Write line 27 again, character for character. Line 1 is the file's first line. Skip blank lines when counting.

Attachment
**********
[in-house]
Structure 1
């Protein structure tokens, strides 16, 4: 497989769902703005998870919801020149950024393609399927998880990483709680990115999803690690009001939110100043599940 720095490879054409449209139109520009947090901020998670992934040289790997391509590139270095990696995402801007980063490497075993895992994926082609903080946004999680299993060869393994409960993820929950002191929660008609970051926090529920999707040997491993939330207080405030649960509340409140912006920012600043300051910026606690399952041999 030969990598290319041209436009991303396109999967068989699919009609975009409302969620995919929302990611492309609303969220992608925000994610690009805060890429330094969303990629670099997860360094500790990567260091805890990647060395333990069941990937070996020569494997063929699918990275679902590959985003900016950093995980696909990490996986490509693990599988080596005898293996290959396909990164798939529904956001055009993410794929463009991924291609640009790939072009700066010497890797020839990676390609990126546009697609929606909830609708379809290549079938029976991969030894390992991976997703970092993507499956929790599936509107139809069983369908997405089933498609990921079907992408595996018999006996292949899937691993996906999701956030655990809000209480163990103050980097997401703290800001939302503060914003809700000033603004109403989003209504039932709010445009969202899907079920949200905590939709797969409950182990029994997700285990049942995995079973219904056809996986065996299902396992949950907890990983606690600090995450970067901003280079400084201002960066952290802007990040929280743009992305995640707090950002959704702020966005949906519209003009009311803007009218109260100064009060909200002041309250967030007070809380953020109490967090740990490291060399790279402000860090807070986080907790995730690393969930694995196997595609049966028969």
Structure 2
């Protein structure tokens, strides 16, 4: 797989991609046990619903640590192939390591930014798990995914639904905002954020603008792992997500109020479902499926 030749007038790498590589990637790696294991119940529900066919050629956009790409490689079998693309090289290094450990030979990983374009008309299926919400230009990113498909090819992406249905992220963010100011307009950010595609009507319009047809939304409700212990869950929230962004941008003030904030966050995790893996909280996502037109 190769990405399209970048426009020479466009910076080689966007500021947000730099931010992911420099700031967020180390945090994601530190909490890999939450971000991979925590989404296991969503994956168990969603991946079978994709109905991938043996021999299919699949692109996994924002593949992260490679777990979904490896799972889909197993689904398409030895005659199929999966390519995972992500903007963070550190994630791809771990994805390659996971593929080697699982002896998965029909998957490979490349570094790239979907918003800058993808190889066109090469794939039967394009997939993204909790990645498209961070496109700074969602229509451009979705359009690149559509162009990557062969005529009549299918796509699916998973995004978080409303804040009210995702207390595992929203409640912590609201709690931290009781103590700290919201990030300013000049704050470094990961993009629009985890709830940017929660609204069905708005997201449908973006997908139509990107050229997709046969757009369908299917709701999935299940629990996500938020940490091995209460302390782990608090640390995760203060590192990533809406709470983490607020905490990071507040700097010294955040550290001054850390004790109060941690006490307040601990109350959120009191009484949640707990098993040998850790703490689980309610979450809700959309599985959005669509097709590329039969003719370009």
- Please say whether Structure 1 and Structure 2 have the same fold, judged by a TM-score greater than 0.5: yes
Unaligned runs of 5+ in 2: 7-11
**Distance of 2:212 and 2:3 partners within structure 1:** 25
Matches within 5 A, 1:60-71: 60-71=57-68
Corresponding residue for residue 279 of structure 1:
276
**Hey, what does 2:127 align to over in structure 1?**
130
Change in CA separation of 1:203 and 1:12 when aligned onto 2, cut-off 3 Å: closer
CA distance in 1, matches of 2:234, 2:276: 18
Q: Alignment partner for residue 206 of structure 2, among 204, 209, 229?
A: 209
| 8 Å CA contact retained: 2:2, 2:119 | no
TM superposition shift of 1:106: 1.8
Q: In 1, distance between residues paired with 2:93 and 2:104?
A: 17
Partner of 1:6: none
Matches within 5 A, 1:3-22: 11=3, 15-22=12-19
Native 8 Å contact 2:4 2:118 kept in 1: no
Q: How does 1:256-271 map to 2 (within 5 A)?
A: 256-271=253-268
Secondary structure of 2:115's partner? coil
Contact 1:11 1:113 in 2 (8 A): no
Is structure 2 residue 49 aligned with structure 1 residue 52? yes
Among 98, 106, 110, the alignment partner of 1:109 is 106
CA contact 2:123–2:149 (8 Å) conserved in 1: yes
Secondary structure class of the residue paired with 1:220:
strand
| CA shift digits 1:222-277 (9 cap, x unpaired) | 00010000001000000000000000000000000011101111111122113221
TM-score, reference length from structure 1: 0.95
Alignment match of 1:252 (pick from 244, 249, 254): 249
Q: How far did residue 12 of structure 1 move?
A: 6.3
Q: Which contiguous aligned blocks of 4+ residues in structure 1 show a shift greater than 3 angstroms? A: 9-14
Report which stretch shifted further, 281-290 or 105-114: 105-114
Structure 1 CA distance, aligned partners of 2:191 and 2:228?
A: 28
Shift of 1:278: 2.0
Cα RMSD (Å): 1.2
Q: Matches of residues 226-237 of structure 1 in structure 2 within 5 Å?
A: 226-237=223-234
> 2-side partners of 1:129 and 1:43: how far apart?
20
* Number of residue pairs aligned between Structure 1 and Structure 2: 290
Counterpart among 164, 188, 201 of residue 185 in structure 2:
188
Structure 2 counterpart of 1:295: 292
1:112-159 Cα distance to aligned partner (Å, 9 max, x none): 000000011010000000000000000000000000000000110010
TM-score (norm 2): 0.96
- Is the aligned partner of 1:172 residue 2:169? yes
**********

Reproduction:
Secondary structure of 2:115's partner? coil